find your place in a race

You can’t go far on any day, even cold or rainy ones, without seeing someone gliding through strides across town. Mt. Lebanon is a great, safe place to get fit, admire beautiful houses and vibrant business districts and shake off the stress of the day.

We are part of a bigger local running community. Runner’s World magazine ranked Pittsburgh No. 17 out of 50 running cities in the U.S., citing our delicious food, trail system, run-friendly climate (even if it is often gray out, at least it’s not 91 degrees and 110 percent humidity every day), and a large supply of family-friendly races for even the most casual runners.

The number of races is growing every year. Putting a race date on the calendar can give you something to work toward, whether that goal is achieving a fast time, having fun or scoring swag like a flashy medal or a cool shirt. Anticipation of a good race can peel you out of bed on a cold morning and motivate you to stay in shape. Many races raise money for worthwhile charities. Plus, a good run nullifies that extra peanut butter cup you sneaked.

But mostly, completing a race is about finishing what you start. There’s something existentially concrete about crossing the finish line and hearing cowbells in the distance. In one Pittsburgh race, finishers even get a high five from Mario Lemieux.

We put together a list of some Pittsburgh races we think you shouldn’t miss. We’d love to hear your favorites.

Pre-race jitters. /Photo: Sam Oshlag

Martha’s Run [APRIL 8] You know we had to list this one first. Through the streets of Mt. Lebanon, it’s a fundraiser for The Martha Fund, which focuses on building playgrounds in honor of Martha Dixon, a former resident and FBI agent killed in the line of duty. The marquee event is a 10K (6.2M) that’s not for the weak of knees. The course starts at Mt. Lebanon Park and runs a few blocks on Cedar, but quickly turns up Cochran Road past the high school. That’s just the first mile. After that, the course rolls a little more gently through the Beverly Heights neighborhood, before ending up back at Mt. Lebanon Park. For those not up to that challenge, the 21-year-old event also includes a 2-mile run, a 1-mile run/walk and a kids’ race. It’s too late to train for the 10K, but if you’re already race-ready, walk-up registration is available for all events. Crowd support is fantastic in nice weather. If you’re not running, the participants would love to hear you cheer them on. Just don’t yell “You’re almost there.” Because they’re really not.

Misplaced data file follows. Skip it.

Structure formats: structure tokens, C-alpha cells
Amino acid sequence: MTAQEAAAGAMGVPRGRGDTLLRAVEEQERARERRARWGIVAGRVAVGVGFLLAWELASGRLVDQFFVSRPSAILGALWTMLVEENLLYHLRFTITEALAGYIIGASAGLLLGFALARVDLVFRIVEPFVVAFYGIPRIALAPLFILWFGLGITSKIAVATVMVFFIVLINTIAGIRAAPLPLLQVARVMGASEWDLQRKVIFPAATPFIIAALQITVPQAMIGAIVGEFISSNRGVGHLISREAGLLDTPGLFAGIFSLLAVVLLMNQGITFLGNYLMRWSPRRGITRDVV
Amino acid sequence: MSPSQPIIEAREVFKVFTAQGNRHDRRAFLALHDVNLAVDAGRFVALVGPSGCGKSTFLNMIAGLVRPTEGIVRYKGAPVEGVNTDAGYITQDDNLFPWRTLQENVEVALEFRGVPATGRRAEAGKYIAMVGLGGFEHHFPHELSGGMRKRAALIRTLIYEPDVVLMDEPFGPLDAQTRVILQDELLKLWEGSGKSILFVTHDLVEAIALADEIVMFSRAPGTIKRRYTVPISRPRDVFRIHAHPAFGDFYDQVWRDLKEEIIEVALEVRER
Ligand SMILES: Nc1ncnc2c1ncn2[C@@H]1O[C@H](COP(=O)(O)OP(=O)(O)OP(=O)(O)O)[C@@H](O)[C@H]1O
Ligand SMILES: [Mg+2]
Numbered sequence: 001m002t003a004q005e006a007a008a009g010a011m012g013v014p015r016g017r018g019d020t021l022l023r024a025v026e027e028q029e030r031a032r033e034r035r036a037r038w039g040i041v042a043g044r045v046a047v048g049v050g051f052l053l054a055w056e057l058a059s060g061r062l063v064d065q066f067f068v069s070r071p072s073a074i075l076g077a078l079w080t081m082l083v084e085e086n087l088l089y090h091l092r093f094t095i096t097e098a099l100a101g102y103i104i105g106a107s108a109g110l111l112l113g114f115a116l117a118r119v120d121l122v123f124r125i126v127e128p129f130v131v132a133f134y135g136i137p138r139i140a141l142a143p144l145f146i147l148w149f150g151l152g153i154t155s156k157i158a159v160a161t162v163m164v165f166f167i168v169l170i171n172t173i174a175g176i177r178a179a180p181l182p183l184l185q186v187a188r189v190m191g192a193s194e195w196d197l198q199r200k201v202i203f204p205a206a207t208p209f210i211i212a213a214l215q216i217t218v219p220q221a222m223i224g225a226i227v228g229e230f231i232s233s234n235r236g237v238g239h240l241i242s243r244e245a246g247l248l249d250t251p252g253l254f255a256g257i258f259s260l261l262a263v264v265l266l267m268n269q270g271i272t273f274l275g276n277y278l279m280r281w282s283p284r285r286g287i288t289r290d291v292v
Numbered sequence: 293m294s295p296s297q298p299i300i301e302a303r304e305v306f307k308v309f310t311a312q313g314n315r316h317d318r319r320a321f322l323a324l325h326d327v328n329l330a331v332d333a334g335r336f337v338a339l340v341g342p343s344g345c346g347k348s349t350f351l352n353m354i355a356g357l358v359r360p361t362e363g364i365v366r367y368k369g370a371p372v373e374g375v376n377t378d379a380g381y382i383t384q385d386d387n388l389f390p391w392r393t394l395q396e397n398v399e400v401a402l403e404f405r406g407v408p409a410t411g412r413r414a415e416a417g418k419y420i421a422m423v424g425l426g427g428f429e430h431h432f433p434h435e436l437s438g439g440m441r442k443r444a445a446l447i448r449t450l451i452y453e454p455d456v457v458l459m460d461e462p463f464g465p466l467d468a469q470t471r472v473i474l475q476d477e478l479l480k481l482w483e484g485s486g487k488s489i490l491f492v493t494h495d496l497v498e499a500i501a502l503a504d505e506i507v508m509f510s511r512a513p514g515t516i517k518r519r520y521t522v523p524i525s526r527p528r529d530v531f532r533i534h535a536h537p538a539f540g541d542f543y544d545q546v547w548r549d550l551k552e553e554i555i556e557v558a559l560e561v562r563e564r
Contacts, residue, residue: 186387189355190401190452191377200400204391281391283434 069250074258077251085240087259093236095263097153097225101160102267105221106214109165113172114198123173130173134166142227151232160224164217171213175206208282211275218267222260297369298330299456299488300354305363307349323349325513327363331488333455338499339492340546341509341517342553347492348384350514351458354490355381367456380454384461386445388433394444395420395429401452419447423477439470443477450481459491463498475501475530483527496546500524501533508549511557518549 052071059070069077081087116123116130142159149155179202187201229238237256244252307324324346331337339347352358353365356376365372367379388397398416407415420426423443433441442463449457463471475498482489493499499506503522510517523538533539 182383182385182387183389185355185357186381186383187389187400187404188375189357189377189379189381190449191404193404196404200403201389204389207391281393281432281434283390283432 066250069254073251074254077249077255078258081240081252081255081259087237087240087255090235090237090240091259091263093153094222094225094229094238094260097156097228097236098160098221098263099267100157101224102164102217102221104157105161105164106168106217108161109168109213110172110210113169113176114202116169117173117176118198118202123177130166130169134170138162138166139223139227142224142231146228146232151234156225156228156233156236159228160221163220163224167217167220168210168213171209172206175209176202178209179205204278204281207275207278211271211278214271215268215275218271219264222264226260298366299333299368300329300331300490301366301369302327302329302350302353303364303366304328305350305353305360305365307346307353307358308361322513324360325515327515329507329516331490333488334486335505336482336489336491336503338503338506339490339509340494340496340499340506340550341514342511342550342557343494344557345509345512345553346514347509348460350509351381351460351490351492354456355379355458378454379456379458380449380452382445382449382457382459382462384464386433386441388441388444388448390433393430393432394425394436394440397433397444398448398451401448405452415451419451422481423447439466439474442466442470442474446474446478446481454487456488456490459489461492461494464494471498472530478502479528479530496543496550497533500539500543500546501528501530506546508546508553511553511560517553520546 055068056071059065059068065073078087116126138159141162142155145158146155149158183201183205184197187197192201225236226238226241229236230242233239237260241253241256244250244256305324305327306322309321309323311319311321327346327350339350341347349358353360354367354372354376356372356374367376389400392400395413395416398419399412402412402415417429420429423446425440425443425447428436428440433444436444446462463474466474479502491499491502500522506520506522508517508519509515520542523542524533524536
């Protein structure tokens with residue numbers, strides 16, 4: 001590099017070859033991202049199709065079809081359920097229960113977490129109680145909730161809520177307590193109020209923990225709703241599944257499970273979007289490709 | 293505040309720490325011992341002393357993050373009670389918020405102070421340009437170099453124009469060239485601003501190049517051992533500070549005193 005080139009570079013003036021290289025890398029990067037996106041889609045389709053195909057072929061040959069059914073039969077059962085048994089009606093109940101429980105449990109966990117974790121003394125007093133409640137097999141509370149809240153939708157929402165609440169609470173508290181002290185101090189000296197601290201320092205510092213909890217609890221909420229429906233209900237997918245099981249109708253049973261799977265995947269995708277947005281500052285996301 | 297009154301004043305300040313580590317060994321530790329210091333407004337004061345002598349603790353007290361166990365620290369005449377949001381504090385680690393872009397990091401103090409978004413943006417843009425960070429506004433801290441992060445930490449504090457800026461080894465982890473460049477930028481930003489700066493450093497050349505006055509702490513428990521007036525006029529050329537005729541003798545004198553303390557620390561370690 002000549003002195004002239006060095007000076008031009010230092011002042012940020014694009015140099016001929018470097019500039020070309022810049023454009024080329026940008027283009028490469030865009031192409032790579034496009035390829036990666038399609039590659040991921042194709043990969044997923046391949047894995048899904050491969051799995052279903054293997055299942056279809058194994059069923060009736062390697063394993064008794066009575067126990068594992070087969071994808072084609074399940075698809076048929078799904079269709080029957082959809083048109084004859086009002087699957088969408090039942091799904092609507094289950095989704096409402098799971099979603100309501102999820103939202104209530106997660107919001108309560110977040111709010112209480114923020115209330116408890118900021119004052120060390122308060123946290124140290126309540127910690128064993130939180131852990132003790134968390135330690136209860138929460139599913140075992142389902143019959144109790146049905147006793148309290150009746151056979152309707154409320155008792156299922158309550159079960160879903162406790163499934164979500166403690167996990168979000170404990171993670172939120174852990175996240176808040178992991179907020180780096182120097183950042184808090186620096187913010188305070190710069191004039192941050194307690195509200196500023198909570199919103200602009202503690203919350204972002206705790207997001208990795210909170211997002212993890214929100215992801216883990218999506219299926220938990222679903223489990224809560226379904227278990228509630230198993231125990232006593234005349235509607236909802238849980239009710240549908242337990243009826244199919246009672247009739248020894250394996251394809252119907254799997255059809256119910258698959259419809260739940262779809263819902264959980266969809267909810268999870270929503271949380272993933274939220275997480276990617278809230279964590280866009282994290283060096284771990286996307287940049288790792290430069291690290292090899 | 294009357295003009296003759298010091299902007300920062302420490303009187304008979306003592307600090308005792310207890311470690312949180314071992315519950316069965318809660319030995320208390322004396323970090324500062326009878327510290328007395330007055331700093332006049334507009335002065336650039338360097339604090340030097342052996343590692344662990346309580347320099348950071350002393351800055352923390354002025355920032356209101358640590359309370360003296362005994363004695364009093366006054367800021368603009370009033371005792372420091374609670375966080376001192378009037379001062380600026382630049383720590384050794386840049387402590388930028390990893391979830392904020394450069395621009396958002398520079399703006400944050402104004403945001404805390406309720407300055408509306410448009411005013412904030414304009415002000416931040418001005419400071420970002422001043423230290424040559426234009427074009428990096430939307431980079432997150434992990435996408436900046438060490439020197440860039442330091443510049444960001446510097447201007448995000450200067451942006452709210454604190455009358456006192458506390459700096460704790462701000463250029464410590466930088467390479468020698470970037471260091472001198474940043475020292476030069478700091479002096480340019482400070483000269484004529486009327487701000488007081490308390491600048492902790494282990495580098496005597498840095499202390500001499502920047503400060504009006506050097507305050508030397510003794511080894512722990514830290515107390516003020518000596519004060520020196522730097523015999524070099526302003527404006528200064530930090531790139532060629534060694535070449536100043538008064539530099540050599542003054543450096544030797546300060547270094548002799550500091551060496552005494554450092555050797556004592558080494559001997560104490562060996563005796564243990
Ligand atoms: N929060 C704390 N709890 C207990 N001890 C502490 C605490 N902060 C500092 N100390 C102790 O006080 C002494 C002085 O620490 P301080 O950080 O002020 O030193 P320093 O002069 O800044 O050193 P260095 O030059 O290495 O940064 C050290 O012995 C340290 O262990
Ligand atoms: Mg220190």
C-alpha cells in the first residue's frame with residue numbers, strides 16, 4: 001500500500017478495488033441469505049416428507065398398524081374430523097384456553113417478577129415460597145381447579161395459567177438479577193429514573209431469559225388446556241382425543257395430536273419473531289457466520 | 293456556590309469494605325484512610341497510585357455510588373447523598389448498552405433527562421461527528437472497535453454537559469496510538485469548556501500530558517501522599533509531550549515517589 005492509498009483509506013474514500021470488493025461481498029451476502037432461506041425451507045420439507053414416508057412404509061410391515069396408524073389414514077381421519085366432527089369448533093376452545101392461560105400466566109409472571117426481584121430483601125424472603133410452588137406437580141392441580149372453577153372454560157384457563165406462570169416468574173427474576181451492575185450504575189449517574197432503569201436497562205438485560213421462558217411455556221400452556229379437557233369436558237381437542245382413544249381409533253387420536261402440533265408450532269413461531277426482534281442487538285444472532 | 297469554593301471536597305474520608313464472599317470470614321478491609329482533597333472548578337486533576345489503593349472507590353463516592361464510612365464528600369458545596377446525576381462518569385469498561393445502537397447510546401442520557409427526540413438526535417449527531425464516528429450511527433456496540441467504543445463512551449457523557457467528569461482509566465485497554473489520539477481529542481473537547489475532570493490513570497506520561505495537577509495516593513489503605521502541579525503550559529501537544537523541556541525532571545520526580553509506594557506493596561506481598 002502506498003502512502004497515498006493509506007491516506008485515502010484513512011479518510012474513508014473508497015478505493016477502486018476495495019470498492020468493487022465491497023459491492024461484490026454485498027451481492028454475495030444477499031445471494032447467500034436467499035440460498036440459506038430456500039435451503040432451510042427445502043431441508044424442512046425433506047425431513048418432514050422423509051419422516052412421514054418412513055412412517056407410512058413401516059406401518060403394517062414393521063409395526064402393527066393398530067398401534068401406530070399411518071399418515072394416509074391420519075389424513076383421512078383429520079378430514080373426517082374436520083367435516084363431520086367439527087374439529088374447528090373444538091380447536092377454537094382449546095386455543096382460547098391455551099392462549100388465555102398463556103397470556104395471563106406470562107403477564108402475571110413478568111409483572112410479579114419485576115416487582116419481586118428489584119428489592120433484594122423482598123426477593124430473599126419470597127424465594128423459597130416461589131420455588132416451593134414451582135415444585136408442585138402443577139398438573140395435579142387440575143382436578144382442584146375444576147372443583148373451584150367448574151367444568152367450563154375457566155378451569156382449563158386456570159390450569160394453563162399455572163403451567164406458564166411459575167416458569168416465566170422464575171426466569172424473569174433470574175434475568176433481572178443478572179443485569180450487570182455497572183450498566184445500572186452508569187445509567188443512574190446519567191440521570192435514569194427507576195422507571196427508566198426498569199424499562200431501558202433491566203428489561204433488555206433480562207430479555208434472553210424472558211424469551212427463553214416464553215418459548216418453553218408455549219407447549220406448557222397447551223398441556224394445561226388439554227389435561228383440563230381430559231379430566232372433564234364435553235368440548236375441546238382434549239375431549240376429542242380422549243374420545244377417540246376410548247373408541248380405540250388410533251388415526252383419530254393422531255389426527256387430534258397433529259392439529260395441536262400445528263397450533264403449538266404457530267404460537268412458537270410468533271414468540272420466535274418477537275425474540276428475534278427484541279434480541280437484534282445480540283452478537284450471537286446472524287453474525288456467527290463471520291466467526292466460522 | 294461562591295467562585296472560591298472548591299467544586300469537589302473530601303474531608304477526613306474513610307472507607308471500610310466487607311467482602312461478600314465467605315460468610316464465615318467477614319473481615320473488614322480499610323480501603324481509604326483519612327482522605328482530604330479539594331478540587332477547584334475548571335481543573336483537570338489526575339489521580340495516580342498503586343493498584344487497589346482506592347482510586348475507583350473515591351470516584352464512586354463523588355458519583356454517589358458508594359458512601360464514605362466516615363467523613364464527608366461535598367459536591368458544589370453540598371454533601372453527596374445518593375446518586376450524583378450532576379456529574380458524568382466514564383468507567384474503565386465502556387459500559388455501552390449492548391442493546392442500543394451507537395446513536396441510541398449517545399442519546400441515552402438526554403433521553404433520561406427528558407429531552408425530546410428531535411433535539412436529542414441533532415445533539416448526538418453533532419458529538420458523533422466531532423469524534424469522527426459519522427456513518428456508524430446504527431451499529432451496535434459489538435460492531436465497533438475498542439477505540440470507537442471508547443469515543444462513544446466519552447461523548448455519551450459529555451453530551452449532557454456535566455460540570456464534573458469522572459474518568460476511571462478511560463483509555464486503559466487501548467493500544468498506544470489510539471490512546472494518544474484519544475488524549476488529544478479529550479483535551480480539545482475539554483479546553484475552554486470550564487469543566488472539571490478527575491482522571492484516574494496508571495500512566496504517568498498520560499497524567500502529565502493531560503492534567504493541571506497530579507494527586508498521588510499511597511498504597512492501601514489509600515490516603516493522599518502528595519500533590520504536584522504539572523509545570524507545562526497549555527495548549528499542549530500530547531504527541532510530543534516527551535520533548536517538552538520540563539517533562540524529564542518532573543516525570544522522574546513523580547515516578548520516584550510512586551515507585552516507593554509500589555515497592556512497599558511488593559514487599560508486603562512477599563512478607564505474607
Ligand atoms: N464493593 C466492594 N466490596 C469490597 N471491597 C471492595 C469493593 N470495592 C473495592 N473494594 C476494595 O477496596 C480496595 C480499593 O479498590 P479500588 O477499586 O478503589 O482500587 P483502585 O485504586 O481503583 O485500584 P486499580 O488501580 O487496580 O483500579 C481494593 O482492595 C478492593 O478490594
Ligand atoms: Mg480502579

Pittsburgh Marathon weekend [May 5-7] The jewel in P3R’s crown and Pittsburgh’s biggest run event with 40,000 participants, the marathon is actually a group of races including a 5K (3.1M), Kids Marathon (1M), and three races on Sunday: the marathon itself (26.2M) the half marathon (13.1M) and the marathon relay (up to five people take pieces of the 26.2 course). Other weekend festivities feature a pet walk and a toddler trot. This wide variety lets runners of many ages and abilities participate. Runners get free race entry if they agree to raise money for one of the associated charities.

The weekend kicks off Friday with an expo at the David L. Lawrence Convention Center, where you must go to pick up your race bib (the paper number that gets pinned to your shirt) as well as a backpack filled with your official race shirt and critical tchotchkes like anti-chafe sticks, sunscreen and lip balm. Runners can purchase last minute race items and have moving body parts taped with kinesio tape to keep them going on race day. Even if you’re not running, admission is free and it’s a fun place to go to get fitness tips and do some shopping.

Marathon Sunday has the city’s best crowd support with thousands of people lining the sidewalks plus hundreds of volunteers. You can opt to have your name printed on your bib, and if you do, you will often hear people from the sidelines cheering you on by name. Funny signs alone will keep you going when your energy is flagging. (“Run like Ryan Gosling is waiting for you at the finish line with a puppy.” “No Time for [picture of Christopher] Walken.”)